Inflation has passed its peak but remains too high and more resilient than previously anticipated.
Recent activity indicators suggest stronger growth than previously expected.
Inflation and interest rates impacted growth in 2023, with cost of living pressures weighing on household consumption.
The RBA revised output growth higher while expecting inflation to decline more gradually.
Wage growth moderation is evident in some jobs and industries.
The outlook for growth in household consumption remains uncertain.
The RBA expects consumer spending to strengthen if employment does not slow as much as expected.
RBA anticipates relatively weak growth in major trading partners, with risks tilted to the downside.
Progress toward bringing inflation down is less likely in the coming quarters.
Risks of higher for longer inflation have increased, with the potential for further upside surprises.
Comparing the forecast tables for August and November, revisions to GDP, unemployment, and inflation were of significance. The RBA revised growth for 2024 from 1.6% to 2.0% and the unemployment rate from 4.4% at the end of 2024 to 4.2%. Notably, the RBA expects consumer price inflation to slow to 3.5% at the end of 2024 versus a previously forecast of 3.3%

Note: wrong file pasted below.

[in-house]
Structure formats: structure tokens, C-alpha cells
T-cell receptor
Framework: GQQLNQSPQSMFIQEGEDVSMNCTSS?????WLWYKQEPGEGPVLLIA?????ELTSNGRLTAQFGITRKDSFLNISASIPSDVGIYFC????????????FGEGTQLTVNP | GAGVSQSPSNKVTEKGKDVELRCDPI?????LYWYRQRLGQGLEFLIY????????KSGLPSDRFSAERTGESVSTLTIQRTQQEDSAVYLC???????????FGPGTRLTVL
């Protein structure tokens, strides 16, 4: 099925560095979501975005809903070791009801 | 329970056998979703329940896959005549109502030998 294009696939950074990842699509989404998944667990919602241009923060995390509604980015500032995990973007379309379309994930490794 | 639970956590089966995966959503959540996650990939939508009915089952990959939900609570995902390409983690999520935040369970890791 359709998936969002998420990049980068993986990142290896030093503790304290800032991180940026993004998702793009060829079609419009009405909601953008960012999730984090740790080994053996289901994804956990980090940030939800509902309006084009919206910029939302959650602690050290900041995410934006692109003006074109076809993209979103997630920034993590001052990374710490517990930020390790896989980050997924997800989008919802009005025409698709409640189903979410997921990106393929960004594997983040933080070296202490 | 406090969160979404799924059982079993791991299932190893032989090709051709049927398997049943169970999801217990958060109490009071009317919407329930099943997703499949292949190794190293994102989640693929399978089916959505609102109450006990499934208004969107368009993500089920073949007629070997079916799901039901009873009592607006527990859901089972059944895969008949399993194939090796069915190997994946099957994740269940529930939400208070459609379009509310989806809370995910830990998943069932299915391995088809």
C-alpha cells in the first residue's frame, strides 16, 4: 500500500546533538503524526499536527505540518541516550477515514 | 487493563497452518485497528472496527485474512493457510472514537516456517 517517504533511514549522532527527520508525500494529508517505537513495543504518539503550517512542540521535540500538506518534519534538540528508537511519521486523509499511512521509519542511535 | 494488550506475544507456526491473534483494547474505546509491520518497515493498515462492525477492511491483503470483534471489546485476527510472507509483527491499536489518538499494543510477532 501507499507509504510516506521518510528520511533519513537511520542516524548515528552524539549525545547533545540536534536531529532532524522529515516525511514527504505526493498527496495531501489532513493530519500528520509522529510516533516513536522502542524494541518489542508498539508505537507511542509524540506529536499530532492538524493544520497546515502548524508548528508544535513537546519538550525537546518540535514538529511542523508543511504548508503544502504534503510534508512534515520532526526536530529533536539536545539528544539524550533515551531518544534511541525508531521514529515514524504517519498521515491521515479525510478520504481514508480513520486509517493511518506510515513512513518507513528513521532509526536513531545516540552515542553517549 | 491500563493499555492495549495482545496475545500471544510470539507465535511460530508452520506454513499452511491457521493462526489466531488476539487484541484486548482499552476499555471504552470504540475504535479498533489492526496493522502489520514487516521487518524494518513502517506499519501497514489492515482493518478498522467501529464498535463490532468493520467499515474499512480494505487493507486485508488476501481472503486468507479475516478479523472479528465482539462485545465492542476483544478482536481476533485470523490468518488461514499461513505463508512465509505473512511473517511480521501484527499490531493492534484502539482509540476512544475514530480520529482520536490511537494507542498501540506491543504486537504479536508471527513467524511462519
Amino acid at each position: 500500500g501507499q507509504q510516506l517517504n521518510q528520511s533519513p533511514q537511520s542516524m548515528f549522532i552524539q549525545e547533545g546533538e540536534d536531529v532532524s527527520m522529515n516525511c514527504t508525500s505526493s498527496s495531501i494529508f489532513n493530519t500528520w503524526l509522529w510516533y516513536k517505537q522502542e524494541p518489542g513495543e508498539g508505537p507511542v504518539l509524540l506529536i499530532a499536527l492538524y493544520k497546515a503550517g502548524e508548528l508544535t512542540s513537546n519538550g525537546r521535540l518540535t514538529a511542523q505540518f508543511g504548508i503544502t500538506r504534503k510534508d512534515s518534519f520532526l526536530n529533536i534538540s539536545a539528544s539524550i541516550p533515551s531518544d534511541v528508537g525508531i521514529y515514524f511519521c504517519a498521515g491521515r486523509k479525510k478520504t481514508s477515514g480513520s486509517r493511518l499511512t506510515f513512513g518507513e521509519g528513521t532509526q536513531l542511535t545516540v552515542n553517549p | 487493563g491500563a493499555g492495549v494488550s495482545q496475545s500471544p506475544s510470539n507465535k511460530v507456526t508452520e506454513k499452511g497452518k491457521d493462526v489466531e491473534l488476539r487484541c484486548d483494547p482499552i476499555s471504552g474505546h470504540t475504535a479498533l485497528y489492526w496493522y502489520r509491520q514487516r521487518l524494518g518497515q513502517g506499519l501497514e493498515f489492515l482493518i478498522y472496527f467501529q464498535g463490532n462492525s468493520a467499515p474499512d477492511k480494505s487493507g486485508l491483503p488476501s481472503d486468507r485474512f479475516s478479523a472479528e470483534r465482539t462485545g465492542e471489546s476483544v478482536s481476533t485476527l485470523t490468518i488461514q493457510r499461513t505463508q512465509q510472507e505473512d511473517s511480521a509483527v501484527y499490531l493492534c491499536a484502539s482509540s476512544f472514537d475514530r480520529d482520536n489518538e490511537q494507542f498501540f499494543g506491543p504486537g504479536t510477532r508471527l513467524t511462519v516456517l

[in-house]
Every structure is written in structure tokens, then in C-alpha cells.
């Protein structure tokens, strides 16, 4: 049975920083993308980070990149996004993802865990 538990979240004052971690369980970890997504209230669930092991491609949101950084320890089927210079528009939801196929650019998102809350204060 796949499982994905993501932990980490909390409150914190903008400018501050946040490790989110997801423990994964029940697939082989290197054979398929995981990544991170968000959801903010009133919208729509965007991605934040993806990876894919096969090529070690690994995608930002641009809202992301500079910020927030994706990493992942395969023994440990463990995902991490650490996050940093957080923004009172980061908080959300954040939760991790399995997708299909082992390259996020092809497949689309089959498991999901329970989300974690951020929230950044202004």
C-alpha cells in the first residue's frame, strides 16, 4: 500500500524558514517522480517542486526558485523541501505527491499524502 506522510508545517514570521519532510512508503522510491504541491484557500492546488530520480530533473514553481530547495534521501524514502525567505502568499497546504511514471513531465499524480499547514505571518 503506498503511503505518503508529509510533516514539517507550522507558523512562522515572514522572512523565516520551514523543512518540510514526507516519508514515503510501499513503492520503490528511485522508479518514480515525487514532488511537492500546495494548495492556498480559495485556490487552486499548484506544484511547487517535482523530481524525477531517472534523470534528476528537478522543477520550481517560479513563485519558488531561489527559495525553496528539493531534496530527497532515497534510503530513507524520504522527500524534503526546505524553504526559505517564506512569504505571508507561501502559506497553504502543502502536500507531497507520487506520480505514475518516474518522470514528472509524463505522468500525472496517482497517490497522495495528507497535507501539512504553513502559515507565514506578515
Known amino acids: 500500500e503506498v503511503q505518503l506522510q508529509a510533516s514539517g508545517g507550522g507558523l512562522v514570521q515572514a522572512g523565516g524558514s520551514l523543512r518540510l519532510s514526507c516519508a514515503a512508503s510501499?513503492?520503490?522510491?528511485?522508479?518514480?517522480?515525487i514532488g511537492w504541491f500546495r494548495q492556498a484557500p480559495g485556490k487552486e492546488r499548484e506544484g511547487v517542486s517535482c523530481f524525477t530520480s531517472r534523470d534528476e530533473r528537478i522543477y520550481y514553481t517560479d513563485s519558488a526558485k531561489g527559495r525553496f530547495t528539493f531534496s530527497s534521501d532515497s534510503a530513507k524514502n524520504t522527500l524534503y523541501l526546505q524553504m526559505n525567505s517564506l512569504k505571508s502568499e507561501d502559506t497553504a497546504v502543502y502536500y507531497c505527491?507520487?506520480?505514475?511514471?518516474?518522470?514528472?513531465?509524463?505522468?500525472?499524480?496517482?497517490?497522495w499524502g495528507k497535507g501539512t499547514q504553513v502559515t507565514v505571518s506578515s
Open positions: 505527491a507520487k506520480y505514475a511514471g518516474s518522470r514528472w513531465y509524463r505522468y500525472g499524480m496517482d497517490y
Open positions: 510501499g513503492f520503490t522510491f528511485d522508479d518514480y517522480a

There were no economic indicators for investors to consider on Friday.
Consumer Sentiment and Fed Speeches
On Friday, the influential Michigan Consumer Sentiment numbers for November need consideration. Economists forecast the Michigan Consumer Sentiment Index to slip from 63.8 to 63.7 in November. However, investors must consider the sub-components, including the Expectation and Inflation Expectation numbers.
A pickup in consumer sentiment could signal an upward trend in consumer spending. An upward trend in consumer spending could fuel demand-driven inflationary pressure. Increased spending could force the Fed to take a more hawkish rate path.
Higher borrowing costs and reduced disposable income are the likely outcomes of a hawkish rate path. A downward trend in disposable income would affect spending and ease demand-driven inflationary pressures.
Beyond the numbers, Fed speeches will also warrant attention. FOMC voting member Lorie Logan and non-voting member Raphael Bostic are on the calendar to speak on Friday. Hawkish comments aligned with Fed Chair Powell would drive demand for the US dollar.
The market focus will turn from the Fed to US consumer sentiment figures. After the hawkish Fed Chair Powell’s comments, the numbers need to back up the hawkish Fed stance on policy.
AUD/USD Price Action
The AUD/USD remained below the 50-day and 200-day EMAs, affirming bearish price signals.
A move through the $0.63854 resistance level and the 50-day EMA would support a move toward the $0.64900 resistance level.
The US Consumer Sentiment will be the focal point on Friday. A pickup in US consumer sentiment could support a drop below $0.63500. A return to sub-$0.63500 would bring the $0.62749 support level into play.
A 14-period Daily RSI reading of 47.38 indicates a fall to the $0.62749 support level before entering oversold territory (typically below 30 on the RSI scale).